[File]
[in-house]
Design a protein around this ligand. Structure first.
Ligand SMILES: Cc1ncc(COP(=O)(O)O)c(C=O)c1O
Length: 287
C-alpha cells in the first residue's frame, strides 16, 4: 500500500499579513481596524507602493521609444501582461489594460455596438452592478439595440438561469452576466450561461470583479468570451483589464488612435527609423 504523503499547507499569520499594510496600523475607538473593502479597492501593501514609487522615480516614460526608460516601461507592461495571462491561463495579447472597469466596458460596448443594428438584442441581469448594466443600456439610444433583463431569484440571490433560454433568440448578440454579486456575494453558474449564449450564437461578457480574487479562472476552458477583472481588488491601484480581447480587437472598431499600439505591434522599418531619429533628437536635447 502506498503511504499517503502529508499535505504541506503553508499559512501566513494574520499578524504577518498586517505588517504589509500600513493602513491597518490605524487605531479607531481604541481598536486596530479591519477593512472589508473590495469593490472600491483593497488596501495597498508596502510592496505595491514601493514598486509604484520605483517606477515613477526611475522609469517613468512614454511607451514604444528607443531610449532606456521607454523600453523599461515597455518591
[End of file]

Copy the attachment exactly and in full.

[in-house]
Design a protein around this ligand. Structure first.
Ligand SMILES: Cc1ncc(COP(=O)(O)O)c(C=O)c1O
Length: 287
C-alpha cells in the first residue's frame, strides 16, 4: 500500500499579513481596524507602493521609444501582461489594460455596438452592478439595440438561469452576466450561461470583479468570451483589464488612435527609423 504523503499547507499569520499594510496600523475607538473593502479597492501593501514609487522615480516614460526608460516601461507592461495571462491561463495579447472597469466596458460596448443594428438584442441581469448594466443600456439610444433583463431569484440571490433560454433568440448578440454579486456575494453558474449564449450564437461578457480574487479562472476552458477583472481588488491601484480581447480587437472598431499600439505591434522599418531619429533628437536635447 502506498503511504499517503502529508499535505504541506503553508499559512501566513494574520499578524504577518498586517505588517504589509500600513493602513491597518490605524487605531479607531481604541481598536486596530479591519477593512472589508473590495469593490472600491483593497488596501495597498508596502510592496505595491514601493514598486509604484520605483517606477515613477526611475522609469517613468512614454511607451514604444528607443531610449532606456521607454523600453523599461515597455518591